The UN specialised agency is also leading work on Catch Documentation Schemes that enables fish to be tracked from source to shop - something consumers increasingly want. And, through its Blue Growth Initiative, the agency is also strongly focused on promoting sustainable development among coastal fishing communities in general.
Overfishing occurs when more fish are caught than the population can replace through natural reproduction, according to World Wildlife Fund (WWF) , one of the world’s leading conservation organisation.
“Gathering as many fish as possible may seem like a profitable practice, but over-fishing has serious consequences. The results not only affect the balance of life in the oceans, but also the social and economic well-being of the coastal communities who depend on fish for their way of life.”
Billions of people rely on fish for protein, and fishing is the principal livelihood for millions of people around the world, WWF adds. “For centuries, our seas and oceans have been considered a limitless bounty of food. However, increasing fishing efforts over the last 50 years as well as unsustainable fishing practices are pushing many fish stocks to the point of collapse.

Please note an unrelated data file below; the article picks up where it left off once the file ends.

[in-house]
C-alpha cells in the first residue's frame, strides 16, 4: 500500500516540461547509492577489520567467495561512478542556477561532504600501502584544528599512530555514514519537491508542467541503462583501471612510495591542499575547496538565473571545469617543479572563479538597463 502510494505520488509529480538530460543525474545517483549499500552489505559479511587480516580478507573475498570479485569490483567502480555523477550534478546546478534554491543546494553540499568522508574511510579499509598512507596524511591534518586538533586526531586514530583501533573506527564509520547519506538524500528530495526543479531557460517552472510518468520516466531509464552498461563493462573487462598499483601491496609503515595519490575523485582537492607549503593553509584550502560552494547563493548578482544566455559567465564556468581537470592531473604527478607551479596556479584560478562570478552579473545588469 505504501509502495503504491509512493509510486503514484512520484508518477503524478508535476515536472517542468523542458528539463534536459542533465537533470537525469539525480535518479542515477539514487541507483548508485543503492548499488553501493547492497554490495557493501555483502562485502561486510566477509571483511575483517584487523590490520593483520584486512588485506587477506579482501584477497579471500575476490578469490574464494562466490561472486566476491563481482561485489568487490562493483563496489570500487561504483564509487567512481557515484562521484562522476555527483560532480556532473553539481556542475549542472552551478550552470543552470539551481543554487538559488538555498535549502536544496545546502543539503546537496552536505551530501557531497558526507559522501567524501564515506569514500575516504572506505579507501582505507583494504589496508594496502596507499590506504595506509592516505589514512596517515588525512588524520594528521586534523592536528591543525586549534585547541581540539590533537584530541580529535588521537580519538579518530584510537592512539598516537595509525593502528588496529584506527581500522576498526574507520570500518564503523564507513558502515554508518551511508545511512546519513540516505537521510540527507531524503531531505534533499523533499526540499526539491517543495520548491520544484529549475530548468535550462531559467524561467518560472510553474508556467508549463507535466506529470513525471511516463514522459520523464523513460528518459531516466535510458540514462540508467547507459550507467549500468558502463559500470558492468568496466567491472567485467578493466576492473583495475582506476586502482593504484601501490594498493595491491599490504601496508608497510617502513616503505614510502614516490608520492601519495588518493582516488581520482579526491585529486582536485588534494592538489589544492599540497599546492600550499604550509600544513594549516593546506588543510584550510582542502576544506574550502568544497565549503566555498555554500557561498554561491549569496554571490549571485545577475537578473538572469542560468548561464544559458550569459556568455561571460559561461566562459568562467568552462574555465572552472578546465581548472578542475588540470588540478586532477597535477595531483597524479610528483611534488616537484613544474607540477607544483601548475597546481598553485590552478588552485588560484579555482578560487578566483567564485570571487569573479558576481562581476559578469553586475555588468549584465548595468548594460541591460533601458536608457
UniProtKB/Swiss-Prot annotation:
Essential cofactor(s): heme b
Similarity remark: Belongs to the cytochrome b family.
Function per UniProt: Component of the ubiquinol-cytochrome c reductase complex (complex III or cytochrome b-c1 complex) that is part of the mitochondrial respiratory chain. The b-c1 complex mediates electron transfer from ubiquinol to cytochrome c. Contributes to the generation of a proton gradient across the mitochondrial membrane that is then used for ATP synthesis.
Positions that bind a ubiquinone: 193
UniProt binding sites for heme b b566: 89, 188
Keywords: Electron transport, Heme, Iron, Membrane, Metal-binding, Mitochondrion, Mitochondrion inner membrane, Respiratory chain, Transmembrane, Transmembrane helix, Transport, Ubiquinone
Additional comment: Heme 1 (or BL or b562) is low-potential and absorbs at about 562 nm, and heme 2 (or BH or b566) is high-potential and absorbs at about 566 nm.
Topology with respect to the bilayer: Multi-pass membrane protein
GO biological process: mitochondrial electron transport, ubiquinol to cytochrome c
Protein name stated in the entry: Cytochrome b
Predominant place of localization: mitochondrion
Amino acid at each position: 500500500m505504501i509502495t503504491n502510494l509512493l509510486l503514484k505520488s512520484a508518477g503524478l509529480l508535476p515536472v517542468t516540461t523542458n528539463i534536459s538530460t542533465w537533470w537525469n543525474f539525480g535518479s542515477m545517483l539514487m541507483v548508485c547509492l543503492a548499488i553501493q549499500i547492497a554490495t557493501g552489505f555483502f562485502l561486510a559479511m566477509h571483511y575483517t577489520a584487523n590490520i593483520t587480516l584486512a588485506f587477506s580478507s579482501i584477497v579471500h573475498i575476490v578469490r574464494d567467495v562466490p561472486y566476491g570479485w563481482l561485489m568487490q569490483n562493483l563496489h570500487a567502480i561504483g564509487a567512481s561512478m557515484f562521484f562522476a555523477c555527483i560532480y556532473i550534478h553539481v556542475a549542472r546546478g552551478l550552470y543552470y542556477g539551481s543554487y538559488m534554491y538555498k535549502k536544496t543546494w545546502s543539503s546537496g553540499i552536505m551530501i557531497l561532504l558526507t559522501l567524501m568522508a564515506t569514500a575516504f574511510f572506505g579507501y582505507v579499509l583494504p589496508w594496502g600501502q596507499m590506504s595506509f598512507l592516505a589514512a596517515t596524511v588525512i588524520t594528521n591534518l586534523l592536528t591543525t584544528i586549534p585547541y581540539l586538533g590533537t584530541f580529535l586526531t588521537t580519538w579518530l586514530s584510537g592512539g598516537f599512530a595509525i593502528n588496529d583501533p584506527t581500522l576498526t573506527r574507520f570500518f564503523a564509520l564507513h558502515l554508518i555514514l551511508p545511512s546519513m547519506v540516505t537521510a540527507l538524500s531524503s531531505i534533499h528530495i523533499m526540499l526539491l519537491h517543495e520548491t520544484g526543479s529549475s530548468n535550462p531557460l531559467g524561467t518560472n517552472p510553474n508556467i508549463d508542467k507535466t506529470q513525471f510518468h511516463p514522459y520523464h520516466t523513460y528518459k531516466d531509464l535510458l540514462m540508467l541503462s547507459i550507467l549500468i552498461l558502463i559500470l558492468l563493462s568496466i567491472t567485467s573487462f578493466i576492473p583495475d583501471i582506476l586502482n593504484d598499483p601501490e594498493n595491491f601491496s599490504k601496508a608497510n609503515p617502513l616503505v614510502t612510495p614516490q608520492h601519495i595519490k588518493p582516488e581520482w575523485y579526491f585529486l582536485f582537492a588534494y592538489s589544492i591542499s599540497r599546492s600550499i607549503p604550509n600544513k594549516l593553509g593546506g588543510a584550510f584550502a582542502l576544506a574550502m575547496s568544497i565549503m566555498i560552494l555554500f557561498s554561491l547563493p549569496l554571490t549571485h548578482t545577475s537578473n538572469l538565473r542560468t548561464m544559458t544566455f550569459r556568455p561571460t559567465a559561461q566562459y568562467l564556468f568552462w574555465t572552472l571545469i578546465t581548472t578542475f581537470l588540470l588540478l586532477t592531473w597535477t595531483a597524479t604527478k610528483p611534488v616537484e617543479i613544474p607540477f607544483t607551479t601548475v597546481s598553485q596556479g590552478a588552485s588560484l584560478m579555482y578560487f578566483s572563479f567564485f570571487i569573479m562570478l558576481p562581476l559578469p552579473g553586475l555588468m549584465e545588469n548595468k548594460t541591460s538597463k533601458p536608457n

According to WWF, more than 85 per cent of the world's fisheries have been pushed to or beyond their biological limits and are in need of strict management plans to restore them.”
Meanwhile, UN concerned agencies –FAO; UNCTAD and the UN Environment Programme (UNEP)– have announced their commitment to cutting harmful fishing subsidies. The issue is “complicated and thorny,” they said. The commitment likely involves requesting countries to provide information on what subsidies they provide and prohibiting those that contribute to over-fishing, as well as potentially giving differential treatment to developing countries.
What will politicians do is another, serious question.